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Thomas Storring Director of Economics/Statistics
Tel: 902-424-2410Email:

November 20, 2018

Statistics Canada has published the latest Consolidated Government Finance Statistics for 2017 including consolidated results for provincial-territorial as well as local governments. These data are based on the international government financial statistical standard and, as such, may differ in their presentation from similar concepts reported in Public Accounts and other financial statements.  Statistics Canada's data allows for comparability across jurisdictions, as well as consistency with the government consumption and investment data reported in macroeconomic accounts.

The following analysis compares the per capita results for consolidated provincial-and-local governments. Local governments are consolidated into the analysis because each provincial government may assign different responsibilities to municipal or local governments.  

Total revenues per capita vary across the country, with Nova Scotia's provincial-local government revenues amounting to $15,536 per capita.  This is similar to the Canadian average of $15,300 per capita.  The highest per capita revenues are in Quebec, where the government offers a different mix of public services, including delivering some services that are otherwise delivered by the Federal government (the value of the Quebec abatement to Federal taxes was $559 per capita and is included in revenue figures presented here).  The lowest per capita revenues are in British Columbia.

Although Nova Scotia's provincial-local government revenues are similar to the national per capita average, this makes up a larger portion of the province's relatively small GDP per capita.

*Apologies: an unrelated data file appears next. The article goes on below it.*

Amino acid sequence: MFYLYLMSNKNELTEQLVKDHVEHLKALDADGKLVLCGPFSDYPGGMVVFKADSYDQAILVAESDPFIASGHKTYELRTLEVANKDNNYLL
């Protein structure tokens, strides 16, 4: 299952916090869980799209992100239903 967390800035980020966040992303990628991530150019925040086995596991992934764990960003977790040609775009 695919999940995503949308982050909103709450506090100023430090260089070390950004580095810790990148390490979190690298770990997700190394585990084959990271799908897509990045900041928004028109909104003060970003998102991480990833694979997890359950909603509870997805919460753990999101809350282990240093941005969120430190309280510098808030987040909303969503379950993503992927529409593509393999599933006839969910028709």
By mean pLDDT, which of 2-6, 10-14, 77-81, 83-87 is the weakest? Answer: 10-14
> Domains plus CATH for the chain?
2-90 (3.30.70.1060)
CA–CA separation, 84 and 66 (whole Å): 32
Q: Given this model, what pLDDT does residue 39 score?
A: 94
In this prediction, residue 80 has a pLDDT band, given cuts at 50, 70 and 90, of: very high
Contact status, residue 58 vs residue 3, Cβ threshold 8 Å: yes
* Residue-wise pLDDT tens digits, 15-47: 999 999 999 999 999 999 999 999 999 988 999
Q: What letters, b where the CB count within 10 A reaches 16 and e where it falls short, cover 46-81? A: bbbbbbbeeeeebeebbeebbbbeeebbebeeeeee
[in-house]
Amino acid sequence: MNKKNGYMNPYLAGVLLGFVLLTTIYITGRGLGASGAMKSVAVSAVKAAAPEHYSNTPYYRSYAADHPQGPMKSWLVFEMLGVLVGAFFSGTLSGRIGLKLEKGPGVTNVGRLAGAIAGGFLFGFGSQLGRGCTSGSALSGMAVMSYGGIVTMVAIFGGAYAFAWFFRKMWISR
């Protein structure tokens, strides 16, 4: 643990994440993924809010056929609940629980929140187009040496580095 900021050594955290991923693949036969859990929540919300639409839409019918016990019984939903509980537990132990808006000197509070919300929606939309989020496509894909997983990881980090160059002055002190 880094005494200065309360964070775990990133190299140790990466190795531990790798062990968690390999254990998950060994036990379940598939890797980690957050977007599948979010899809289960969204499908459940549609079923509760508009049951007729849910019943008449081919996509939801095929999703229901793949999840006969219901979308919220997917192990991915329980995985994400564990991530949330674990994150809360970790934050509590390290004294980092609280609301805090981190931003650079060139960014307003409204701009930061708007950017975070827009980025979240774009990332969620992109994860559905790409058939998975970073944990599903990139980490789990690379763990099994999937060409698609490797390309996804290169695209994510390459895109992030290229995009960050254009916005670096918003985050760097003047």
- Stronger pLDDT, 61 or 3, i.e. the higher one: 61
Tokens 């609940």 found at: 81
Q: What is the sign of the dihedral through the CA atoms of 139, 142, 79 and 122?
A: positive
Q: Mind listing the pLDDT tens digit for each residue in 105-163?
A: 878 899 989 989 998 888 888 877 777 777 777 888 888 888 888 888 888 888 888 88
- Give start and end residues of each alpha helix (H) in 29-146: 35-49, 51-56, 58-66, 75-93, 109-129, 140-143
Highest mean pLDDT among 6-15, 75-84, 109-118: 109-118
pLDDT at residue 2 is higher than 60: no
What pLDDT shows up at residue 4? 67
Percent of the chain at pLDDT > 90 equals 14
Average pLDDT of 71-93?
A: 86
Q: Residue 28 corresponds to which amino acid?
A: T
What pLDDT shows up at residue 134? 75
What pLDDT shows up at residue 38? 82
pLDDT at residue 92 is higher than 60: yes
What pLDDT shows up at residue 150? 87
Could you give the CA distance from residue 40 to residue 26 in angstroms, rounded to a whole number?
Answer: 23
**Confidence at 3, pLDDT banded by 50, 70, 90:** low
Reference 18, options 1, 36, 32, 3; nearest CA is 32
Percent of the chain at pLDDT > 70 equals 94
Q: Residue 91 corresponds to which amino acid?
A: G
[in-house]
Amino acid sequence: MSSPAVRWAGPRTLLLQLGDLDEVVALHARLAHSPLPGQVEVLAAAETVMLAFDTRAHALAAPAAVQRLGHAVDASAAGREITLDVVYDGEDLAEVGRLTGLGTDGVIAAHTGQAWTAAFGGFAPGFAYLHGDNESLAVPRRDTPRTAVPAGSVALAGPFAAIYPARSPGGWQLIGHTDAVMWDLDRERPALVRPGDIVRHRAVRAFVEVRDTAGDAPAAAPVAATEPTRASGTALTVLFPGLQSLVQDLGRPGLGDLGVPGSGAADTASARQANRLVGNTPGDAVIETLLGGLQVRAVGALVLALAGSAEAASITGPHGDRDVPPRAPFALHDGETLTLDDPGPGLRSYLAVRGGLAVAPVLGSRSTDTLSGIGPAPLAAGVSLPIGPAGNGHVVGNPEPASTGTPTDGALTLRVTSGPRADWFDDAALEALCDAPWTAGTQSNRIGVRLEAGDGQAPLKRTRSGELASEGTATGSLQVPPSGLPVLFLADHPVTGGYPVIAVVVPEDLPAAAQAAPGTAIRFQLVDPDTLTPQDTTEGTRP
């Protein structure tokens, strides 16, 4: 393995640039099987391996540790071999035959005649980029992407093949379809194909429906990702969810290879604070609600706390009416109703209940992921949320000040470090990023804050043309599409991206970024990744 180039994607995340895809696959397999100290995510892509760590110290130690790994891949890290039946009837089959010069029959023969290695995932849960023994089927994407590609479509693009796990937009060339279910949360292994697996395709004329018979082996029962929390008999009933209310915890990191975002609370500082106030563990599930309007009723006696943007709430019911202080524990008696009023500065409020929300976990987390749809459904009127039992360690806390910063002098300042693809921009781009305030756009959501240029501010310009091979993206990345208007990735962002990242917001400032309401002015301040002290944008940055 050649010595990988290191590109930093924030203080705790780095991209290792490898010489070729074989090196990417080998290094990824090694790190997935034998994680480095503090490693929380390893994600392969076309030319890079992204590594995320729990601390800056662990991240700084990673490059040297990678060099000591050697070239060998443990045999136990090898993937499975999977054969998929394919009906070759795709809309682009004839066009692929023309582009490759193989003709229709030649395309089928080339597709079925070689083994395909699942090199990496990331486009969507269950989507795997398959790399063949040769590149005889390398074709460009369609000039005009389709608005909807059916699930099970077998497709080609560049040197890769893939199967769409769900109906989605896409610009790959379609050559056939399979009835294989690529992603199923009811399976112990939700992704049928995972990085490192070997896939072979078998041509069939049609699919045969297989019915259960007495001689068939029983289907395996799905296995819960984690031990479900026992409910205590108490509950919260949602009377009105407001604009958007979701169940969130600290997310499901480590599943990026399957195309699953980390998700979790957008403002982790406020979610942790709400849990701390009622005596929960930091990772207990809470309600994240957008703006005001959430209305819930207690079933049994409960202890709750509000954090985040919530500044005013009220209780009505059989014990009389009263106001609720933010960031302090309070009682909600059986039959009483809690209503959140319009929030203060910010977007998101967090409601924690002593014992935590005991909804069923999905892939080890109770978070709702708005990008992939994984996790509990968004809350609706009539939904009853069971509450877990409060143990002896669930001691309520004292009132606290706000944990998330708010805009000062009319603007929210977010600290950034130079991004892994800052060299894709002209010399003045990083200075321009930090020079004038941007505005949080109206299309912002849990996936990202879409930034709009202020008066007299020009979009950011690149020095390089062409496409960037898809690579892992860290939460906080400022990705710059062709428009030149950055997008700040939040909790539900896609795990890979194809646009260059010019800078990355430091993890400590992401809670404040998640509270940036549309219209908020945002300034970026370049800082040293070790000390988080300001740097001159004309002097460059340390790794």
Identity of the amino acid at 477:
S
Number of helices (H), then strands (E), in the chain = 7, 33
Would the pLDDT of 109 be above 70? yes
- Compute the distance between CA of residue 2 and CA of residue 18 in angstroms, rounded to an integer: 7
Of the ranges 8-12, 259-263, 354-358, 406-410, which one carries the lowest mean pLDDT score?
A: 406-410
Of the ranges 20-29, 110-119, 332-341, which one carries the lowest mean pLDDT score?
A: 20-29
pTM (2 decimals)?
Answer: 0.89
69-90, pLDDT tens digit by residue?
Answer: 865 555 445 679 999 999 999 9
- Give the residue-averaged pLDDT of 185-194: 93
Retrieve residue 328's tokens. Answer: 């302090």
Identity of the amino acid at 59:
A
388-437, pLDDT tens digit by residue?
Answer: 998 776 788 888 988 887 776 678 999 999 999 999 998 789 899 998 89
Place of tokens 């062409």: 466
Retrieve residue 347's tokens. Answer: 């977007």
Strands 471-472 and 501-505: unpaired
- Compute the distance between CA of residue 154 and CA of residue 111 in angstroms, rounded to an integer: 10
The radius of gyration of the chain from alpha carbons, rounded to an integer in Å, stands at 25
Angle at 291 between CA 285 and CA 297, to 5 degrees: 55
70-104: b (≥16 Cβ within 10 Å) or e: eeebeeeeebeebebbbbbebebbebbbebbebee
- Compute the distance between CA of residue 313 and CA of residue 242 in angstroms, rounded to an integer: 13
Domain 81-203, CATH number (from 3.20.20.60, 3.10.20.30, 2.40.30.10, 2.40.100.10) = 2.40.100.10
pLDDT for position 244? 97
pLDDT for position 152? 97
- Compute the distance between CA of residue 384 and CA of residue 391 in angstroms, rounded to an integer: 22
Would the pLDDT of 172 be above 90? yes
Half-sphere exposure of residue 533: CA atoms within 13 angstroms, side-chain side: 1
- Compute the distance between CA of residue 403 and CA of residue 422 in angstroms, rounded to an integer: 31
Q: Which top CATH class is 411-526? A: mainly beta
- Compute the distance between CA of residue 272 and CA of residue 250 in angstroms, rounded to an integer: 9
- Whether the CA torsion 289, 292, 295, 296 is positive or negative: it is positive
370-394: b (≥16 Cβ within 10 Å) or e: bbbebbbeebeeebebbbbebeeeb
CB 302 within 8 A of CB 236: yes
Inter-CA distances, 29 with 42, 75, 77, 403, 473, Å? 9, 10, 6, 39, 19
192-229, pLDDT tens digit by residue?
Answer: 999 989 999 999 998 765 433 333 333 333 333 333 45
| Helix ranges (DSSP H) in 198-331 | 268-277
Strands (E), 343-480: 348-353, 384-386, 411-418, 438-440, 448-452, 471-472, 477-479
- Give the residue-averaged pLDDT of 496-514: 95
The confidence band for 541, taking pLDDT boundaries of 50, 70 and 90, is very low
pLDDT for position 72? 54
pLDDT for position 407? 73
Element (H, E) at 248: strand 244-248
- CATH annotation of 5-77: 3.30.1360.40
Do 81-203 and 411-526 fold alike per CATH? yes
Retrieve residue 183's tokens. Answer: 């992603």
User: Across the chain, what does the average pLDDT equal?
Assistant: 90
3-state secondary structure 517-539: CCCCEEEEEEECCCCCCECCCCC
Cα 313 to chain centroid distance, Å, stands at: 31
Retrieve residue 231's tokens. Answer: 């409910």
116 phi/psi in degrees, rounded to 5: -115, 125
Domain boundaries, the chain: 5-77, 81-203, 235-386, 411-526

Taxes are the largest source of provincial-local government revenues, amounting to $9,368 per capita across Canada.  Nova Scotia's tax revenues are over $1,200 per capita lower than the national average at $8,096 per capita.  The highest tax revenues are in Quebec (including $559/capita Quebec abatement of Federal taxes). 

Beyond taxes and user fees, provincial-local governments generate revenues from social insurance premiums (such as workers compensation), fiscal transfer payments, interest/dividend income, royalties and sales of goods/services.  Those provinces that are Equalization recipients report higher fiscal transfer revenues per capita, particularly in Atlantic Canada and Manitoba.  Provinces with substantial oil and gas sectors (and to a lesser extent hydroelectricity and forestry) report stronger royalty income.  Saskatchewan and Quebec also report substantially higher revenues from other sources, though this may include specific items that cannot be classified with others.  Revenue from sales of goods and services includes tuition fees.

Tax revenues break down into 8 major categories, including personal income taxes, corporate income taxes, general sales taxes, excise taxes/profits of fiscal monopolies, payroll taxes, property taxes, user fees and other taxes.  The amount of revenues generated by these taxes reflects both the tax system itself (tax rates, deductions, credits, number of taxes levied) as well as overall economic conditions. 

There are also differences in specific taxes across Canada. Alberta has no general sales tax.  Alberta relies more on property taxes and user fees for revenues than in most other provinces.  Only Newfoundland and Labrador, Quebec, Ontario and Manitoba levy payroll taxes.  Corporate income taxes are higher in Ontario, Alberta, Quebec and Saskatchewan.  User fee revenues per capita are notably higher Ontario, Alberta and Saskatchewan. 

Total provincial-local government expenditures in Canada were $15,340 per capita.  Nova Scotia's provincial-local government expenditures were slightly higher at $15,416 per capita.  The highest expenditures were in Newfoundland and Labrador, Alberta and Saskatchewan while the lowest were in Ontario, Prince Edward Island  and British Columbia.